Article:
Popular comedian, OB Amponsah is warning of the possible collapse of Ghana’s comedy industry if the sector is deprived of the requisite support from various stakeholders.
In a long post on Facebook yesterday, September 1, the headline artiste of “Popular But Broke” noted that despite the industry boasting of exceptional talent, it is still struggling to find its feet.
Giving followers a better picture of his claims, OB disclosed prominent comedians like himself and Lekzy Decomic still struggle, and in most cases, don’t even get sponsors to support their shows even though they have a good record of filling auditoriums such as the National Theatre.
“Also, the standup comedy industry in Ghana is a struggling one. Severely lacking funding even with exceptional talents that can sell anywhere. Let me paint a picture of the industry now.
“We have a registered association now Gh Comedians Network. We have tried our best to establish a running comedy club every Thursday at 2927 pub. We have tried tertiary school tours (ValleyView University and HTU). Almost every one of these young comedians have their individual comedy specials. Our efforts spill over to other countries and so we are invited to perform at shows in Rwanda, Zambia, Botswana, South Africa, Swaziland, Nigeria. Bro, we even have a full 20 minute feature on CNN about comedy in Ghana. Look at how many comedy shows have happened from January to September.
“The beautiful picture painted above, will collapse in no time mainly because of severe lack in funding and lack of stakeholders interest. Me and Lekzy can hardly get sponsorship for upcoming shows even after doing a number of shows at the National theater. Because we do not seem to have the skit attracting or bortoss attracting numbers on our socials, we lose out on brand sponsorship and ambassadorial deals, but you all know we are working.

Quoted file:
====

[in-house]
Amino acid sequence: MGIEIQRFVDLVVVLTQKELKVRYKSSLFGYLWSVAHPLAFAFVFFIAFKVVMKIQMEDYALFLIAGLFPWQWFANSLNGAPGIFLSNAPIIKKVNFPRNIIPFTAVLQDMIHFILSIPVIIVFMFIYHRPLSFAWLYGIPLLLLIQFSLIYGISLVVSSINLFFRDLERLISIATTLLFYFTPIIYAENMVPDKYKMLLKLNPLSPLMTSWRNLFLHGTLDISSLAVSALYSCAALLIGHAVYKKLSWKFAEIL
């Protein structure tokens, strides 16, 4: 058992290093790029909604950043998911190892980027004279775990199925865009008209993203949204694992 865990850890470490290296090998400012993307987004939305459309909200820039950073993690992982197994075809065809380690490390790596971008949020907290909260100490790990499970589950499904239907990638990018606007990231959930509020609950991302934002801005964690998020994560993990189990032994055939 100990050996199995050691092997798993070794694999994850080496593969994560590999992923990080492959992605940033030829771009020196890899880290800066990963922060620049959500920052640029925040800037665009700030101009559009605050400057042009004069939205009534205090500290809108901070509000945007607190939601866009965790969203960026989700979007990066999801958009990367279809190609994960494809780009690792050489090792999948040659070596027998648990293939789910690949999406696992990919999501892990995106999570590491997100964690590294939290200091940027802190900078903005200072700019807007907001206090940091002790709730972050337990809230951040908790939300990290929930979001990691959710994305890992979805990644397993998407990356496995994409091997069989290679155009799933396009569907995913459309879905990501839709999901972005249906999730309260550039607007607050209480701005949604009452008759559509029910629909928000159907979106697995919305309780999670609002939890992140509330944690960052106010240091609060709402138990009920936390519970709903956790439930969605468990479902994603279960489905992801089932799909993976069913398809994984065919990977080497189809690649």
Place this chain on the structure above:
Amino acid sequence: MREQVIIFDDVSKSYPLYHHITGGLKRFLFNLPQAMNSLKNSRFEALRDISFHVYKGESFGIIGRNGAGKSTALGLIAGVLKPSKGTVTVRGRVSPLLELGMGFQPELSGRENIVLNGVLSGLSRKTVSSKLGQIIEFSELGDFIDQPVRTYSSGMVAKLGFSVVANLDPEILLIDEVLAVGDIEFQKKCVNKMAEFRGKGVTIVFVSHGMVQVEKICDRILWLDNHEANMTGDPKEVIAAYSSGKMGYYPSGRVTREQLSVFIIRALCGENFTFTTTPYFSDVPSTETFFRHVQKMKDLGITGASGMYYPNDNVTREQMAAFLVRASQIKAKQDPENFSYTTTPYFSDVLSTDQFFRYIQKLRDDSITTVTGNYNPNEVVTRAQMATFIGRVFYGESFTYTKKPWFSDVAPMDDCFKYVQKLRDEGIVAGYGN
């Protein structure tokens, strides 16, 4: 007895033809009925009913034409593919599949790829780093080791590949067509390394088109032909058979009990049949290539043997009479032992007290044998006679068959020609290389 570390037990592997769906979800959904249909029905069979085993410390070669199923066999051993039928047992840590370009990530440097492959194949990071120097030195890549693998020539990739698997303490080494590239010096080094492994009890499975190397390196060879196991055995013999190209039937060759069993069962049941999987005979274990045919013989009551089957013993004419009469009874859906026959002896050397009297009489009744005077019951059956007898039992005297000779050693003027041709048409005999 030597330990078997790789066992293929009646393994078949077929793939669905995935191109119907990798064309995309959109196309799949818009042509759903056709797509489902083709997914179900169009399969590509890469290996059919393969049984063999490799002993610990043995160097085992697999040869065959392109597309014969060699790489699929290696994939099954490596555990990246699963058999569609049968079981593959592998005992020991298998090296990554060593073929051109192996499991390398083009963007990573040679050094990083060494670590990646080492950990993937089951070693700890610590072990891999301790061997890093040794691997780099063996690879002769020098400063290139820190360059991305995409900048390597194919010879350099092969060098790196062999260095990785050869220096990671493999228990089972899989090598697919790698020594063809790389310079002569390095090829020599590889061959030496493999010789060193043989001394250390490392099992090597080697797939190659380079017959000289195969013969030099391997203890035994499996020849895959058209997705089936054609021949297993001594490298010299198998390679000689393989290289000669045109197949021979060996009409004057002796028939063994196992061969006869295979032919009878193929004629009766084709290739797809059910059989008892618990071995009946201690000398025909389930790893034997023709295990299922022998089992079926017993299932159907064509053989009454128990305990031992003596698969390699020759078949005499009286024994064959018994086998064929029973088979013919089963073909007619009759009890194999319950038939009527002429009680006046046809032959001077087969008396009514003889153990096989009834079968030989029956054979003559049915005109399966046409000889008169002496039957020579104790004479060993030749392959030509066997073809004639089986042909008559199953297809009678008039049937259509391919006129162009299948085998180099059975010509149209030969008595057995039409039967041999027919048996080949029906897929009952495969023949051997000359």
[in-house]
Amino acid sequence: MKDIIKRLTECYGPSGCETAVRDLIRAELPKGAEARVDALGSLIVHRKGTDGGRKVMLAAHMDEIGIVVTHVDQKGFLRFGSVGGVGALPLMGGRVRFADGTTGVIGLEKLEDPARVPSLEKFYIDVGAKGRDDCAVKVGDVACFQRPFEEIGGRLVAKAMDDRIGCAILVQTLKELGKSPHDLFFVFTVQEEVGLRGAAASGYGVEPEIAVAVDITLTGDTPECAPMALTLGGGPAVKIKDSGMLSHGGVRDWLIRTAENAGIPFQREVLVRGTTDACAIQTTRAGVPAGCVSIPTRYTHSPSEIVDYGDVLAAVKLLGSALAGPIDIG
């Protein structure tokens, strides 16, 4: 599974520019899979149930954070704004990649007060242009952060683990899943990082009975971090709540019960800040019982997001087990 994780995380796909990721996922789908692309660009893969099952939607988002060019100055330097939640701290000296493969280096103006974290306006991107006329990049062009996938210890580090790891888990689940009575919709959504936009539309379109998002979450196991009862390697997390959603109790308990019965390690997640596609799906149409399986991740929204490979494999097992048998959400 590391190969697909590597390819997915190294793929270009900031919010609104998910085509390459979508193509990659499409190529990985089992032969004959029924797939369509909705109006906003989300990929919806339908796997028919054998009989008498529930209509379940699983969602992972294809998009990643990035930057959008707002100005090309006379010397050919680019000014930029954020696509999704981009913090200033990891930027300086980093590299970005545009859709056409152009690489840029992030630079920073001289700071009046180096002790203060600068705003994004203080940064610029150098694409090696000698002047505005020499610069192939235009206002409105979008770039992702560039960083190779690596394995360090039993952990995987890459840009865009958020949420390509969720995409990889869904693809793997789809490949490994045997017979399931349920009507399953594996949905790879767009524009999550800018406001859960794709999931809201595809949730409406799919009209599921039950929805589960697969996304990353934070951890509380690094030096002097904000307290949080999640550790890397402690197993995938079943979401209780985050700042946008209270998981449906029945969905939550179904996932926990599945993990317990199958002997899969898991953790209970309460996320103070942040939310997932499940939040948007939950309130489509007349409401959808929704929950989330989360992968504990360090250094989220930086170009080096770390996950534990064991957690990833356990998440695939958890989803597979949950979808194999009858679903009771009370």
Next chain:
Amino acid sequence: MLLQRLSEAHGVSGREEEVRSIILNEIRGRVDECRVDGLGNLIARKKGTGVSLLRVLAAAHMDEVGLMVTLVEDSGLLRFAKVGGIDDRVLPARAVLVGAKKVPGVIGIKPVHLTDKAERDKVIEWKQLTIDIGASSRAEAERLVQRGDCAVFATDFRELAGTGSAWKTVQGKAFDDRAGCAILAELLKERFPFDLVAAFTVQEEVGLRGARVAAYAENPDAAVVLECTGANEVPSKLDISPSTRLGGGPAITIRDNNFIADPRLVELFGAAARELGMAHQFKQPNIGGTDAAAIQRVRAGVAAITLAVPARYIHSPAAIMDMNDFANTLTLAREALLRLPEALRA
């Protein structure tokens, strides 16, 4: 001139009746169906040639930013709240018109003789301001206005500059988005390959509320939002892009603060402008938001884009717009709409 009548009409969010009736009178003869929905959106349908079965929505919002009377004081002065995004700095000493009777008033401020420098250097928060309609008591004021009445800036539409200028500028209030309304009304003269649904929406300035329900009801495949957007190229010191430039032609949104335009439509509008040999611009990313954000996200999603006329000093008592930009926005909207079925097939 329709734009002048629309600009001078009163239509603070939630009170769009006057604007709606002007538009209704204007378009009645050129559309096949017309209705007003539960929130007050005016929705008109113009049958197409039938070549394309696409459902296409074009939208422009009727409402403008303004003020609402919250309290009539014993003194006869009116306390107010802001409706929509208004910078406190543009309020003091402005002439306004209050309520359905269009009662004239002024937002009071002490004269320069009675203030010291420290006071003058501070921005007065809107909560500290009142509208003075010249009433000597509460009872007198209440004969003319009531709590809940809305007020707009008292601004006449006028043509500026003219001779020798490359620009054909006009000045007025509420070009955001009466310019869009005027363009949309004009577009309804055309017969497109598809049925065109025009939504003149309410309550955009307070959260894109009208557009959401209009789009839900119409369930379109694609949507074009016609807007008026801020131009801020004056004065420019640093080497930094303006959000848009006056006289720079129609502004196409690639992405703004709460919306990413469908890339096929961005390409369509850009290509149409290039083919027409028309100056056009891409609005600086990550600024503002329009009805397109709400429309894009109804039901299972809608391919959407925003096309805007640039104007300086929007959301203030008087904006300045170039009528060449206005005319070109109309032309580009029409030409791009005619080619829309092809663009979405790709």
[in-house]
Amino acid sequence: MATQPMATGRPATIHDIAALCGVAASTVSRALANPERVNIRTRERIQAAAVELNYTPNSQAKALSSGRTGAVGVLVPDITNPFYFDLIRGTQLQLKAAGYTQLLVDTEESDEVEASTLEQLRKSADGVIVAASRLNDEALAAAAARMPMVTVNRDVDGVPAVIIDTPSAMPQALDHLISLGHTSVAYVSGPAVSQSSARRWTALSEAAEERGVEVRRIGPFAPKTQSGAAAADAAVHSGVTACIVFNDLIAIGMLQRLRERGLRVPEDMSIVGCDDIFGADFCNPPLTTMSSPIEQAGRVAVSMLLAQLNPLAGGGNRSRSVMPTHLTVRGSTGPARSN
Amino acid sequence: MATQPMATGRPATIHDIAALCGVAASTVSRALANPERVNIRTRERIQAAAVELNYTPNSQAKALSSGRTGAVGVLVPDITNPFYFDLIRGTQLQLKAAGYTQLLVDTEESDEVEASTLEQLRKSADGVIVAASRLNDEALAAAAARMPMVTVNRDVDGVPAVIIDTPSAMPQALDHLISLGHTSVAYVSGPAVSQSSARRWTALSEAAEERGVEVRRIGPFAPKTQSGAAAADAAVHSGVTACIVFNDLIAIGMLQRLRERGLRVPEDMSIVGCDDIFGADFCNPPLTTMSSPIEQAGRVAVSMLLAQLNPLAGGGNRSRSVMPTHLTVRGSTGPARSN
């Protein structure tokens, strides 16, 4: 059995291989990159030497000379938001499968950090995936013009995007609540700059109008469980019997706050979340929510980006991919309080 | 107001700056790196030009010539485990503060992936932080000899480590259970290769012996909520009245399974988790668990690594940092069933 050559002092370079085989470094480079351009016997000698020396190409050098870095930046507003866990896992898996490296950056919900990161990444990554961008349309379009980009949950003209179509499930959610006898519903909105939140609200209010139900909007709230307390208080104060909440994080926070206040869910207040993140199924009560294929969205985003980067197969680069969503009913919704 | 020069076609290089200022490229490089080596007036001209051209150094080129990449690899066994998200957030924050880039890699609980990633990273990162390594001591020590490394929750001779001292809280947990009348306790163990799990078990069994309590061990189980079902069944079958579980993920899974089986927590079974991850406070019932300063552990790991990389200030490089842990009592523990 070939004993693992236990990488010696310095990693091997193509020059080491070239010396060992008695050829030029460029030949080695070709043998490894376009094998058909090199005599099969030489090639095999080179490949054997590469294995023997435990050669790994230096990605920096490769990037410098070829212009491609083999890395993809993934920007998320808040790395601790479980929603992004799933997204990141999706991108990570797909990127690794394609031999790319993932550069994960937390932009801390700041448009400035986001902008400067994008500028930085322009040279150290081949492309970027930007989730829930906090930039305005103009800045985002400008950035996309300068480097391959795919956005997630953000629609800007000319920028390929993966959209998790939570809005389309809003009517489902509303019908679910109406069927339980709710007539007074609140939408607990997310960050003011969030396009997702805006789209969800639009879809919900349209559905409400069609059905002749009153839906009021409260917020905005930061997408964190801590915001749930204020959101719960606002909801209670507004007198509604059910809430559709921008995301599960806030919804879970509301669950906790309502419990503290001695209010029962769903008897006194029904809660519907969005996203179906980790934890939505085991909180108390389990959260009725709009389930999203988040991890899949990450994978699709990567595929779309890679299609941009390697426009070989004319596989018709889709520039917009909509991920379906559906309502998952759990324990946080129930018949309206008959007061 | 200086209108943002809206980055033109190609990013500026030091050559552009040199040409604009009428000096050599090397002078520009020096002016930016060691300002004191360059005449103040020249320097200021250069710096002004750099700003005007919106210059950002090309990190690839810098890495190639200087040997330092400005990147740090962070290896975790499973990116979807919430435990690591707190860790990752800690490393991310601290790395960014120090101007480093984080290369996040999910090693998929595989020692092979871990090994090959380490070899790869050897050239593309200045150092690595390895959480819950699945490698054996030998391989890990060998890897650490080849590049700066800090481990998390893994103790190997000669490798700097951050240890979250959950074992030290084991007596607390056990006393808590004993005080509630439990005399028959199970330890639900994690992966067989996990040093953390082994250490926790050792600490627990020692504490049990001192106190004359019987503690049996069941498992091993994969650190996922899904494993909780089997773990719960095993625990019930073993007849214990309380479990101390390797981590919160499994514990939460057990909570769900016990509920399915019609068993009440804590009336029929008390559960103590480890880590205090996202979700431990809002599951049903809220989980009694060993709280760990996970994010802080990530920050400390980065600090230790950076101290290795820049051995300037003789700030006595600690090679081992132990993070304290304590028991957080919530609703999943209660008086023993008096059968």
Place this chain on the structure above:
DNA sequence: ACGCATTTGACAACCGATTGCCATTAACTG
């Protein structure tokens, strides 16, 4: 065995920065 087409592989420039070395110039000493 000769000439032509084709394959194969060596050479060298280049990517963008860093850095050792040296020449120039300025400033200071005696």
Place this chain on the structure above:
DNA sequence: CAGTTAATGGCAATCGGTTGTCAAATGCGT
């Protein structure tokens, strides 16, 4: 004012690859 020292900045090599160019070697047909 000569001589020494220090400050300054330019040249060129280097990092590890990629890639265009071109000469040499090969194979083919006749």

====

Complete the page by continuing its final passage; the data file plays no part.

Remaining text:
“We do not take for granted any support we have received so far. But there is a pressing need. The standup comedy industry is standing on wobbly legs. Don’t be surprised when it comes crumbling down. Our strength can only reach that far. And when you lose out on a show, because you couldn’t secure a visa, you can only smile and bide your time,” he stated.
OB’s post was a follow-up to a previous one, expressing his disappointment over he and colleague, Lekzy’s inability to honour an invitation to perform at Bloemfontein International Comedy Festival because they couldn’t get their visas.
However, in a post he later shared on his social media pages, OB expressed his gratitude to people who came to his after sharing his predicament.
He, however, disclosed that they couldn’t make it to the Bloemfontein International Comedy Festival, which started in South Africa today since they had their visas late yesterday.
“Thanks to everyone who helped make enquiries and try pull strings on our behalf yesterday. The visa confirmation came late yesterday evening by which time it was a bit too late to process anything; the organiser had found replacements.
“I believe moving forward, there should be (if not national), an industry conversation about visa acquisition especially within Africa. It is sad to lose out on opportunities like these within your own continent. Whoever is in charge should at least accept the 90 days visa waiver SA is offering us,” he stated.
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